- The Washington Times - Thursday, January 30, 2003

SINGAPORE, Jan. 31 (UPI) — The Association of Southeast Asian Nations said Friday its members have decided to accelerate the liberalization of their investment regimes by broadening the scope of economic activities where other members get national treatment.

After a meeting in Jakarta earlier this week, the ASEAN Coordinating Committee on Investment has agreed to phase out the so-called "temporary exclusion list" of products in the manufacturing sectors in Brunei Darussalam, Indonesia, Malaysia, Myanmar, the Philippines, Singapore and Thailand.

This means that, with effect from Jan. 1, any ASEAN investor can invest in any ASEAN country and enjoy national investor treatment in manufacturing sectors that were previously excluded.

ASEAN investors will now be allowed to invest, for example, in the manufacture of pesticides in Indonesia, the manufacture of pulp of all kinds in Myanmar and the production of flour from rice and field crops in Thailand.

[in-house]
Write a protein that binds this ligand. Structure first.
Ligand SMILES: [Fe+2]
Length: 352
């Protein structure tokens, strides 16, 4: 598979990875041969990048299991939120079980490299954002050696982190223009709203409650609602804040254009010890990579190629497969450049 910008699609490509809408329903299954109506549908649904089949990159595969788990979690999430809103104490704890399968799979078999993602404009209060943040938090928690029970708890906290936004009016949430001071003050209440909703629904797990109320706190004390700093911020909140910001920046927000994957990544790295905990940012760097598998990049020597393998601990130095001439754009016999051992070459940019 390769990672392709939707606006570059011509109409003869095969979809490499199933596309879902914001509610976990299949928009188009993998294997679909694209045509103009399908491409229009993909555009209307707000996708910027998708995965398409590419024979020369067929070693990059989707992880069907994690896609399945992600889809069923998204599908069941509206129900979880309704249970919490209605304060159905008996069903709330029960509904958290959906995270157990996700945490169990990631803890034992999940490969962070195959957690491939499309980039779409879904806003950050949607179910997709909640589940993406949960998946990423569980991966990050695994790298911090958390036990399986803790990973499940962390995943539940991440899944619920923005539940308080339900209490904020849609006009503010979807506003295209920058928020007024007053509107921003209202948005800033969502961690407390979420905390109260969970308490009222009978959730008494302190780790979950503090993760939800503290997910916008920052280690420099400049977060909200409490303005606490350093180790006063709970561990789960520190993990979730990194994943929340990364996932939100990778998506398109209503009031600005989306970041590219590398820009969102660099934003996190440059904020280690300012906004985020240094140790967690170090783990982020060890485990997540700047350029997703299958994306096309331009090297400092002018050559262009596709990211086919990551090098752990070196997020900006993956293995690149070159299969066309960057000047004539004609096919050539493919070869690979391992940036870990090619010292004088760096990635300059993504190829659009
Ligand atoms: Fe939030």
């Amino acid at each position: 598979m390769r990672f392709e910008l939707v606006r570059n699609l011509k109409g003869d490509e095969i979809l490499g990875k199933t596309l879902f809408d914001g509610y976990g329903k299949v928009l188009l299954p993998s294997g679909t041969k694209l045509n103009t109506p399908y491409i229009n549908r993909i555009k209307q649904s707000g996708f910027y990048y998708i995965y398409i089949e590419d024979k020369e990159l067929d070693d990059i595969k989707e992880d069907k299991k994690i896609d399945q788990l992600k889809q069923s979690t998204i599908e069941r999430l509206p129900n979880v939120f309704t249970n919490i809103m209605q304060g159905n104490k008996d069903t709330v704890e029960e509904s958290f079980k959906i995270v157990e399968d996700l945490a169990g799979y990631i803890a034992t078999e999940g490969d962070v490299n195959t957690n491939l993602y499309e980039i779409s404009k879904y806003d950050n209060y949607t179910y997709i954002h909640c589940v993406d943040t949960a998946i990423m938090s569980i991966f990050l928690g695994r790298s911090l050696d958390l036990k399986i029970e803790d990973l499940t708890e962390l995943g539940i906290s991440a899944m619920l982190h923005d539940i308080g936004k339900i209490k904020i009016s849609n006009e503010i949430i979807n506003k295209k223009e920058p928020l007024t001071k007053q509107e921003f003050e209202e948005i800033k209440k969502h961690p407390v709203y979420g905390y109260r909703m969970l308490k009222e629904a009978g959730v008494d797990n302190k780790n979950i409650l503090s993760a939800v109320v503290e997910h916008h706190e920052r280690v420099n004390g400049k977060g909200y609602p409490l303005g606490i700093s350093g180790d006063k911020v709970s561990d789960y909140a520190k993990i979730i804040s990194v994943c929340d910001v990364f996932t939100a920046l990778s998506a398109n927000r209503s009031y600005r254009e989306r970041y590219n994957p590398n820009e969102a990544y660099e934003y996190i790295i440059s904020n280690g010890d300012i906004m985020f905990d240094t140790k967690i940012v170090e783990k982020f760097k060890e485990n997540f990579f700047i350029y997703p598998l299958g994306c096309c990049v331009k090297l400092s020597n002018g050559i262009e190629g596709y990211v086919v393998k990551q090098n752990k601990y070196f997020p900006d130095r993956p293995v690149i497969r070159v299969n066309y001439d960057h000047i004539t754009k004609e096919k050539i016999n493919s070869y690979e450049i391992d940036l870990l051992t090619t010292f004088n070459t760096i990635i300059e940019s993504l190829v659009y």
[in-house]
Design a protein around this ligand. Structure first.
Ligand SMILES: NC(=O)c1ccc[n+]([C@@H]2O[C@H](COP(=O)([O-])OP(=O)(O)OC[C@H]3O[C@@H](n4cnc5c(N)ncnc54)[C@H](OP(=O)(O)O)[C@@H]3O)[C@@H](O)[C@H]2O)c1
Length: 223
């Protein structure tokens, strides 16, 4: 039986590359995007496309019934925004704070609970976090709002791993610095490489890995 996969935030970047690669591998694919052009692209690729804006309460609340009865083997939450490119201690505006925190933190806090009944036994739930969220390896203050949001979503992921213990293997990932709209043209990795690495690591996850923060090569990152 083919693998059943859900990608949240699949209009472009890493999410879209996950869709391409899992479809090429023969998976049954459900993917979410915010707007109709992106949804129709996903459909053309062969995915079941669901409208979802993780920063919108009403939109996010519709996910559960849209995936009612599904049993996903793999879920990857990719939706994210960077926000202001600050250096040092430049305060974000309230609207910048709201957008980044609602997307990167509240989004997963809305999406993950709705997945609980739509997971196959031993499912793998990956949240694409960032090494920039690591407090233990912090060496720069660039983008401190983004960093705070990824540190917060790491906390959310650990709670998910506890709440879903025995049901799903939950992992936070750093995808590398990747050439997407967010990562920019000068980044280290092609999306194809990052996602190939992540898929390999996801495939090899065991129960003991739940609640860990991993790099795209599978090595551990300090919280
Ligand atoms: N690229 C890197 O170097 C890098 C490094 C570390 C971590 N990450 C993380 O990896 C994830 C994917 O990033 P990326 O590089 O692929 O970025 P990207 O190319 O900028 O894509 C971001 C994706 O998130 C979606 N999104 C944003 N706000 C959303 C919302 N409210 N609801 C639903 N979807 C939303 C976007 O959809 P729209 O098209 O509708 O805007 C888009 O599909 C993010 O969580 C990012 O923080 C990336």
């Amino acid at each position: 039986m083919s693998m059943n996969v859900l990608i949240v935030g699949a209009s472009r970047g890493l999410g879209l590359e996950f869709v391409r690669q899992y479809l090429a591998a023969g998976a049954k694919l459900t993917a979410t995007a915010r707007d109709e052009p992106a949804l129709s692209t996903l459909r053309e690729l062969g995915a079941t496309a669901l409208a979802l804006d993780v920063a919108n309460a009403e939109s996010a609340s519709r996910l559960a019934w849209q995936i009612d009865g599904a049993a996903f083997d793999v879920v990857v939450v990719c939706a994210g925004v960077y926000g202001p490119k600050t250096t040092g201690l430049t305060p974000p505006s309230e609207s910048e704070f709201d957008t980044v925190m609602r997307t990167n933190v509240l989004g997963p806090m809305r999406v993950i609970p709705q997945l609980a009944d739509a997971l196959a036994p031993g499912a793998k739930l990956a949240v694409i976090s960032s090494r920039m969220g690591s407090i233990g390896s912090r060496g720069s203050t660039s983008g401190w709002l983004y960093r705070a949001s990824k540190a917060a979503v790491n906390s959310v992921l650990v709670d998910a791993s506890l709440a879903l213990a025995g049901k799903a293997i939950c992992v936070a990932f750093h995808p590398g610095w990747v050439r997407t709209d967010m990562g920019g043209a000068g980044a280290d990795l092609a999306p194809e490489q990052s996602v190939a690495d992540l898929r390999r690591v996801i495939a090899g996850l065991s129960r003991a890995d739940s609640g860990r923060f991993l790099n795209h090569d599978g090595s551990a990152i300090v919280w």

This week's decision accelerated the timetable for investment liberalization, which was originally set four years ago. Since the launch of the ASEAN Investment Area in 1998, Southeast Asian states have started opening up all industries for investment and grant national treatment to ASEAN investors, but with some exceptions. These lists were supposed to be phased out by 2010 for ASEAN investors and by 2020 for all other investors.

The establishment of the ASEAN Investment Area is expected to encourage investors to think increasingly in regional terms and adopt a regional investment strategy and network of operations. The scheme aims to promote a more efficient division of labor and industrial activities across the region, creating opportunities for greater industrial productivity and cost competitiveness.

The newer members of ASEAN (Cambodia, Laos and Vietnam) have until Jan. 1, 2010 to phase out their temporary exclusion list for the manufacturing sector.

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